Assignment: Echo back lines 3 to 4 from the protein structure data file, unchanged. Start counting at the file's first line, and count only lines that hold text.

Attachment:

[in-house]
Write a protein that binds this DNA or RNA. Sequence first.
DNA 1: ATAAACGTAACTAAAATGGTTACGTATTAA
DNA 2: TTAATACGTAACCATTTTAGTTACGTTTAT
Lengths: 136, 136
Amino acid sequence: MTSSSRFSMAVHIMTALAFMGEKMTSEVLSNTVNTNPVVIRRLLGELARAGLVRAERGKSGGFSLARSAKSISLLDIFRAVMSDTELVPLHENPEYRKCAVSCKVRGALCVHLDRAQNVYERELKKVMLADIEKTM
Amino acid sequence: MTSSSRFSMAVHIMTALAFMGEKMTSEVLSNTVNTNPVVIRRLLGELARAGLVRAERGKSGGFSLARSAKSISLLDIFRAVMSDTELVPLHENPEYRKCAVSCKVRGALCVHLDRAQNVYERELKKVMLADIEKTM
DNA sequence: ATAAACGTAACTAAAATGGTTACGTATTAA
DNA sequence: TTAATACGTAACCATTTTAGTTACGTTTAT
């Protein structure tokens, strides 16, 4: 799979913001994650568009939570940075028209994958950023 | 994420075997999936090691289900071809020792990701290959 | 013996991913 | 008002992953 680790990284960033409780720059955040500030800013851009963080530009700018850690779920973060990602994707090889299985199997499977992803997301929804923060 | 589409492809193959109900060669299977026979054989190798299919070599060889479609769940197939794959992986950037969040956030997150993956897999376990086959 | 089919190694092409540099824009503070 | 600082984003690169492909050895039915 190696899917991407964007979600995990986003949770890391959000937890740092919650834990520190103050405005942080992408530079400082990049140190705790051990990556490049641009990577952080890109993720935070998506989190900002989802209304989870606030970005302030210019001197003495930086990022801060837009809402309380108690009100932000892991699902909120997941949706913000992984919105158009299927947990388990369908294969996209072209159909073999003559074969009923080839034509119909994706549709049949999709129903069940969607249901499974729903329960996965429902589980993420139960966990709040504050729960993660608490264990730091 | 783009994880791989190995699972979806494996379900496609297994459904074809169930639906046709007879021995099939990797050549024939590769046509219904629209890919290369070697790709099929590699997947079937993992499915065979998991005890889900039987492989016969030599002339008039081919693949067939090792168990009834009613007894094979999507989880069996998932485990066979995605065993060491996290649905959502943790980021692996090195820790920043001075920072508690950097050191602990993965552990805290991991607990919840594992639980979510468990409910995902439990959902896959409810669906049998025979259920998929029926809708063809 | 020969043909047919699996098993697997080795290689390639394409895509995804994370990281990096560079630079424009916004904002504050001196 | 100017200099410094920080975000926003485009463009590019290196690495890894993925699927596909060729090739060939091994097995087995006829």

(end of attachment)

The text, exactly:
DNA 1: ATAAACGTAACTAAAATGGTTACGTATTAA
DNA 2: TTAATACGTAACCATTTTAGTTACGTTTAT